FRANKFORT, Ky. (Dec. 28, 2021) – Kentucky’s record-breaking year for economic development is further propelled by small businesses, as today Gov. Andy Beshear announced the Kentucky Small Business Tax Credit (KSBTC) program fueled the creation of 339 new jobs and the reinvestment of $3.64 million in 107 businesses throughout the past year.
“We know Kentucky’s small businesses are strong and resilient, as we have seen them contribute so much to our economy over the past year,” Gov. Beshear said. “This further proves that we are just getting started, on the heels of breaking our state’s economic development records. I’m glad business owners and entrepreneurs are using the KSBTC program to create more jobs for Kentuckians and grow their operations to new heights, as their impact on communities will last for many generations to come.”
The KSBTC program incentivizes companies with 50 or fewer full-time employees that hire and sustain at least one new job and purchase at least $5,000 in qualifying equipment or technology. Applicants can receive between $3,500 and $25,000 in credits annually.
The 339 new jobs incentivized through KSBTC this year pay well, with an average hourly wage of $25.89, excluding employee benefits. Business owners also purchased $3.64 million in qualifying equipment and technology vital to the expansion of business operations. The total incentive amount for 2021 – $1,167,700 – was distributed between the 107 approved applicants across 37 counties.
Since 2011, KSBTC helped small businesses create more than 3,300 jobs and invest nearly $34 million across 74 Kentucky counties. Prior to 2015, KSBTC on average assisted 15 companies annually. Now, the program provides incentives to over 130 small businesses per year.
Job creation and investment spurred through KSBTC advances recent economic momentum in the commonwealth.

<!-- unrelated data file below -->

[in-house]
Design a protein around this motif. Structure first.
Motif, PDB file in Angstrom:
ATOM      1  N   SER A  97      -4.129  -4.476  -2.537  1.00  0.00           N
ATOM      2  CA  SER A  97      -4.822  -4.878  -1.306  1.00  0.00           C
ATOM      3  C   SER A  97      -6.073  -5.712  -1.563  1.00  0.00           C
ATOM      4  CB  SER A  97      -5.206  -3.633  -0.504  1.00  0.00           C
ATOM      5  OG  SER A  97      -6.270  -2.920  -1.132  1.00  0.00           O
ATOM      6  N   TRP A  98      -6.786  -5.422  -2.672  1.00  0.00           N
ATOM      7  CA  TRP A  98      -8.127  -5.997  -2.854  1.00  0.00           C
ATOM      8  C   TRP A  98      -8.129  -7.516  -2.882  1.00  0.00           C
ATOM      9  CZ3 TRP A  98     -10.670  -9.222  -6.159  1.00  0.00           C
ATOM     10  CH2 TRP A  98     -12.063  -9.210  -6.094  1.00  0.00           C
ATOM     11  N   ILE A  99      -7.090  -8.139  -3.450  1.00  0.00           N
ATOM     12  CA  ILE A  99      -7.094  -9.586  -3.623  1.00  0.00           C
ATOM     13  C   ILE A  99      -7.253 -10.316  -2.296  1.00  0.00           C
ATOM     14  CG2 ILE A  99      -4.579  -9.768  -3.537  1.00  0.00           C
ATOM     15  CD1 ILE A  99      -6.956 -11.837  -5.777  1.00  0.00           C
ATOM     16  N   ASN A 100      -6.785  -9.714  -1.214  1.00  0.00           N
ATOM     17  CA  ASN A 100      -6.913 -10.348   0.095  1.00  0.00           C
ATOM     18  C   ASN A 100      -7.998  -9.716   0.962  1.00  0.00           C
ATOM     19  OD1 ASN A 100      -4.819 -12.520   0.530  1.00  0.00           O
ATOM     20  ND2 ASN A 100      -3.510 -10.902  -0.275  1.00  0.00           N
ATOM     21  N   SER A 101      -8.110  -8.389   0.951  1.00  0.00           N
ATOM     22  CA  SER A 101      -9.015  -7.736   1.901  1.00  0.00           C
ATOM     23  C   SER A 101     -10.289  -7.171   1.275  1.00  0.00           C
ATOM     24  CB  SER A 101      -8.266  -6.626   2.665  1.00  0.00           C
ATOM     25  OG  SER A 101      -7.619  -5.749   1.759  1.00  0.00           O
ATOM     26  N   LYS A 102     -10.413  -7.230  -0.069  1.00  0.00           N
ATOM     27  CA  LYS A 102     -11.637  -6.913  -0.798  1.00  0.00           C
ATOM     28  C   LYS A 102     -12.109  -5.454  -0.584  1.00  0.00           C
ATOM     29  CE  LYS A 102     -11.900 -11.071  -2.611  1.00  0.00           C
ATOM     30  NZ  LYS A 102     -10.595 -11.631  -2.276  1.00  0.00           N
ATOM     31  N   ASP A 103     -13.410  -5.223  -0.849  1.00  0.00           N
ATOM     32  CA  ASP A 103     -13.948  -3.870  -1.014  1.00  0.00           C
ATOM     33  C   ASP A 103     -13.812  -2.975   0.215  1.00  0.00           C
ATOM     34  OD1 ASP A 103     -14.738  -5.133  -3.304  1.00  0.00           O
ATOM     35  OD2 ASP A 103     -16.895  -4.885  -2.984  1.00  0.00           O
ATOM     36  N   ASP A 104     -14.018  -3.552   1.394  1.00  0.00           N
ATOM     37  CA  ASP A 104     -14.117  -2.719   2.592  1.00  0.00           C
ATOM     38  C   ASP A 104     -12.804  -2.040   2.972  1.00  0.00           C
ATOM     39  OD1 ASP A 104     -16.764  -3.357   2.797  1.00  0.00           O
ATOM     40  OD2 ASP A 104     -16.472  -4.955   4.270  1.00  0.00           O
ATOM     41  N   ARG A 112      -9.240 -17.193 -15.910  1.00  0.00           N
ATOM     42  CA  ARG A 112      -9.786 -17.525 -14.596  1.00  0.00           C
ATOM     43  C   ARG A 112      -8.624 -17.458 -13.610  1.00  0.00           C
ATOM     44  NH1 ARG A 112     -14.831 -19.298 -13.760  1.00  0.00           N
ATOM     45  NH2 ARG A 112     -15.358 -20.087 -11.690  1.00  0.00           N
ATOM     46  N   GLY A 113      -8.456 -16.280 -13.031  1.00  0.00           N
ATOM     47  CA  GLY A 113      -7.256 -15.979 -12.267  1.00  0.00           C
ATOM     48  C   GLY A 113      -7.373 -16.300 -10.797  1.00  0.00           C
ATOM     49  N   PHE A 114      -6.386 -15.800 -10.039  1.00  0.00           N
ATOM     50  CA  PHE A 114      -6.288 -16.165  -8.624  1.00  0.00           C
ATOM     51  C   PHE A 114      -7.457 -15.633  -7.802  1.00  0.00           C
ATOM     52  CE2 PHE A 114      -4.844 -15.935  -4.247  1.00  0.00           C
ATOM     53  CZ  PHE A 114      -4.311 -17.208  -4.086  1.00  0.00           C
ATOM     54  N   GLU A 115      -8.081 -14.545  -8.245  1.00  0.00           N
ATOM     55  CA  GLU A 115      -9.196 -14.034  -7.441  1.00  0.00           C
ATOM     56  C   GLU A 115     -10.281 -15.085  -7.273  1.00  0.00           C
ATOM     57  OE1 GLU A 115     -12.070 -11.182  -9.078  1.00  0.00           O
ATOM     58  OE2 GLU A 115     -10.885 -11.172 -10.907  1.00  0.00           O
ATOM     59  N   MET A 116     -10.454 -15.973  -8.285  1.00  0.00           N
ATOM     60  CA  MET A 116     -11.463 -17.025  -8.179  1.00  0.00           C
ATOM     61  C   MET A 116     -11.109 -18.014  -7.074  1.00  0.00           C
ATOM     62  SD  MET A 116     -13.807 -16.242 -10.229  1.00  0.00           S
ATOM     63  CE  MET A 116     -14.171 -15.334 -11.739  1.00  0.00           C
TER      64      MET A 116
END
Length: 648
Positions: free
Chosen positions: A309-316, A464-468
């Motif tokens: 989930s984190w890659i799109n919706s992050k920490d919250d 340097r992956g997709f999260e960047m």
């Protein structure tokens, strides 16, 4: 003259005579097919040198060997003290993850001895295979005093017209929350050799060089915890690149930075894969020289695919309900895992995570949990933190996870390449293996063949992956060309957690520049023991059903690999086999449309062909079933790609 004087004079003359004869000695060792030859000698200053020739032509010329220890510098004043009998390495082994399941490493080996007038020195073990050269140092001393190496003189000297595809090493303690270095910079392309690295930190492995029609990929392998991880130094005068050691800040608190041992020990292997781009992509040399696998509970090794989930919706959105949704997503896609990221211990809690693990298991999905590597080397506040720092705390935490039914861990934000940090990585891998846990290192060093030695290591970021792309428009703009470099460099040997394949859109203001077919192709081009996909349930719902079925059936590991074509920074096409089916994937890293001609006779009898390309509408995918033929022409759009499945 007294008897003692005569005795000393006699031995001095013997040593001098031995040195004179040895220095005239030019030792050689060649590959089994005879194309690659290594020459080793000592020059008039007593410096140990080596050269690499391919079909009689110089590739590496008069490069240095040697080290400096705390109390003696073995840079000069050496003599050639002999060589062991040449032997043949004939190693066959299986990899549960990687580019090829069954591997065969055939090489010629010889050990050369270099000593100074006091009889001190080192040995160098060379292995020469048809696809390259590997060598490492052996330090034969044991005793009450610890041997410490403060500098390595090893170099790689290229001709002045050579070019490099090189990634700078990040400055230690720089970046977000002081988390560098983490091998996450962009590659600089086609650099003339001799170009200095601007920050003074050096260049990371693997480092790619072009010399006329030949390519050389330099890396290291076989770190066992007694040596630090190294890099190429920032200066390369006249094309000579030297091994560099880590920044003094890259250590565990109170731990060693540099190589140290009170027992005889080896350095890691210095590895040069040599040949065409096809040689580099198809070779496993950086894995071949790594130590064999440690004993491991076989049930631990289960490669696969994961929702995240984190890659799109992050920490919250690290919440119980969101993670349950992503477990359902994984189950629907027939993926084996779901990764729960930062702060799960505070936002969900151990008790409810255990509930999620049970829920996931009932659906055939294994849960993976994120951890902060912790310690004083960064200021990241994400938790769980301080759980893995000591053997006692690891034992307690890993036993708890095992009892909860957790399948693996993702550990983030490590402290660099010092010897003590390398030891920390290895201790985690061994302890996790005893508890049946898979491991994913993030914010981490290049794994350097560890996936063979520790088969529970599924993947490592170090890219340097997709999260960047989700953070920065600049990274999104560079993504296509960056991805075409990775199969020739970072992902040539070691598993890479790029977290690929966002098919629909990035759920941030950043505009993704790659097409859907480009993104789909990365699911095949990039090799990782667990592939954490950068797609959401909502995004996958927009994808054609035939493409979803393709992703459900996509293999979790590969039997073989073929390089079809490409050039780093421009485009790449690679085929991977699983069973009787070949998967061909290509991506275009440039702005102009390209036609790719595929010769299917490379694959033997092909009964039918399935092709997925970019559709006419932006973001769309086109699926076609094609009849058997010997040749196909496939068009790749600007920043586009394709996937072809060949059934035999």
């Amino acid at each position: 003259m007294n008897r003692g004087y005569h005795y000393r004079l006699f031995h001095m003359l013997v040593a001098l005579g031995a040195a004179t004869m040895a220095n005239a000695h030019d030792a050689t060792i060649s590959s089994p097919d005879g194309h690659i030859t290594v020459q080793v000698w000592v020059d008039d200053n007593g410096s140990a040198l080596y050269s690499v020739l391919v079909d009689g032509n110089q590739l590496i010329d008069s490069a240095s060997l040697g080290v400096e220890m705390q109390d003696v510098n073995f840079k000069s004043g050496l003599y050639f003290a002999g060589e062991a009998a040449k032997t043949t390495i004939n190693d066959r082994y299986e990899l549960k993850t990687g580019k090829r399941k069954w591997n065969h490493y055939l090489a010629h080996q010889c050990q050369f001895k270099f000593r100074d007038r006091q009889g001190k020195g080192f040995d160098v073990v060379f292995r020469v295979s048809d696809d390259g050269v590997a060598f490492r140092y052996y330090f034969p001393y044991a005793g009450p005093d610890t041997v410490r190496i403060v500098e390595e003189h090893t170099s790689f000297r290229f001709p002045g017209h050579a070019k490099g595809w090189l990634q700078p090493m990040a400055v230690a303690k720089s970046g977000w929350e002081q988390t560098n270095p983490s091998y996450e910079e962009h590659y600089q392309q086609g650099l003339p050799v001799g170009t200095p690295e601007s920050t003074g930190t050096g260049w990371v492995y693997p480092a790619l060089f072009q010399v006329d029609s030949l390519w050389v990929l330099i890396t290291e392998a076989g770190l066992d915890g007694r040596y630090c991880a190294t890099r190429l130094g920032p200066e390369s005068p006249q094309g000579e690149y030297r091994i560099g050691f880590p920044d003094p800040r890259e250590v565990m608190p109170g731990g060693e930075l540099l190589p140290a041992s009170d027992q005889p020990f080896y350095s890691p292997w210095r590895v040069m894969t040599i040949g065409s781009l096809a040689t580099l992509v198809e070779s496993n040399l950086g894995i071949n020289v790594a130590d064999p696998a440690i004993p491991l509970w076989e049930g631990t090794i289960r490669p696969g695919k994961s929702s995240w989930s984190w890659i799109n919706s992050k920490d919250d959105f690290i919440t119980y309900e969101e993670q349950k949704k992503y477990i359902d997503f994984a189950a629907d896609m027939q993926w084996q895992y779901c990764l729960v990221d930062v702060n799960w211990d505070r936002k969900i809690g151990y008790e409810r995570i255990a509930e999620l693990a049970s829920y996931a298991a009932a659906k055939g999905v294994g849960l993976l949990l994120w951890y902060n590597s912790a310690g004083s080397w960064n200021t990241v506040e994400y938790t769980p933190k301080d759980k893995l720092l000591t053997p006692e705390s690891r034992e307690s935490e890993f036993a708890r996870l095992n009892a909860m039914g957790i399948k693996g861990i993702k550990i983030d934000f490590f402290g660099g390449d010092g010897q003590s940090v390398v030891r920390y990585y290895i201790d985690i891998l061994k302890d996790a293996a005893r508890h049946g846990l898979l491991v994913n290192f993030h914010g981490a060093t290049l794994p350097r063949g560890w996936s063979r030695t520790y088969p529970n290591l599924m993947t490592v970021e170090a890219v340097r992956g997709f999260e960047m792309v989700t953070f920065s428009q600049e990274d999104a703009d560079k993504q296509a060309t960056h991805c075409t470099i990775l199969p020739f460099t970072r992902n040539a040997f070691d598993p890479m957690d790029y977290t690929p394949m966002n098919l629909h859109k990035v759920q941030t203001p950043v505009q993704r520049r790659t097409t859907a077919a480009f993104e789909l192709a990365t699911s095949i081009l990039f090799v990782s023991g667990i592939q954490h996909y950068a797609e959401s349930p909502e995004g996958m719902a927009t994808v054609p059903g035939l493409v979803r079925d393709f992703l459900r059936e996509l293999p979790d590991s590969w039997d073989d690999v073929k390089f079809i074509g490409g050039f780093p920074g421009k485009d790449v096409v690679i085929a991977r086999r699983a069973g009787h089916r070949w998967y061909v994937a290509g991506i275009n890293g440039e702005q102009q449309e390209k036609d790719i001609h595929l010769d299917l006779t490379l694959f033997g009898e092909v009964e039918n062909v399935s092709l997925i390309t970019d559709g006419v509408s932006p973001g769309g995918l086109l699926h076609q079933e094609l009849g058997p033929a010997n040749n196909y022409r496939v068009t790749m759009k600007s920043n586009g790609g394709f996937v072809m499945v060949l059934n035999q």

This year, the commonwealth has shattered every economic development record in the books. Year-to-date, private-sector new-location and expansion announcements include a record $11.2 billion in total planned investment and commitments to create a record 18,000-plus full-time jobs across the coming years. Kentucky’s average incentivized hourly wage for projects statewide in 2021 is $24 before benefits, a 9.4% increase over the previous year.
In September, Gov. Beshear, Ford Motor Co. executive chair Bill Ford and CEO Jim Farley and Dong-Seob Jee, president of SK Innovation’s battery business, announced the single largest economic development project in the history of the commonwealth, celebrating a transformative $5.8 billion investment that will create 5,000 jobs and places Kentucky at the forefront of the automotive industry’s future.
In July, thanks to strong fiscal management by the Beshear administration, the state budget office reported the commonwealth ended the 2021 fiscal year with a general fund surplus of over $1.1 billion – the highest ever in the commonwealth – and a 10.9% increase in general fund receipts to $12.8 billion.
In May, Moody’s Analytics published a positive economic outlook for Kentucky, noting mass vaccination as the driving force behind a sustained recovery in consumer services. The state’s recovery, Moody’s said, benefited from earlier reopening efforts and increased demand for manufactured goods over services. The report also found Kentucky’s manufacturing industry outperformed the nation’s since the national downturn last year.
Fitch Ratings in May improved the state’s financial outlook to stable, reflecting the commonwealth’s solid economic recovery. The state’s April sales tax receipts set an all-time monthly record at $486.5 million, as did vehicle usage tax receipts at over $64 million.
In March, Site Selection magazine’s annual Governor’s Cup rankings for 2020 positioned Kentucky atop the South Central region, and third nationally, for qualifying projects per capita. The commonwealth also placed seventh overall in total projects, the highest of any state with a population under 5 million. Site Selection also placed Kentucky in a tie for fifth in its 2021 Prosperity Cup rankings, positioning the state among the national leaders for business climate.
For more information on the Kentucky Small Business Tax Credit, visit ced.ky.gov/KSBTC.
In addition, businesses within the state can receive resources from Kentucky’s workforce service providers. Those include no-cost recruitment and job placement services, reduced-cost customized training and job-training incentives.
Information on Kentucky’s economic development efforts and programs is available at CED.ky.gov. Fans of the Cabinet for Economic Development can also join the discussion at facebook.com/CEDkygov, on Twitter @CEDkygov, Instagram @CEDkygov and LinkedIn.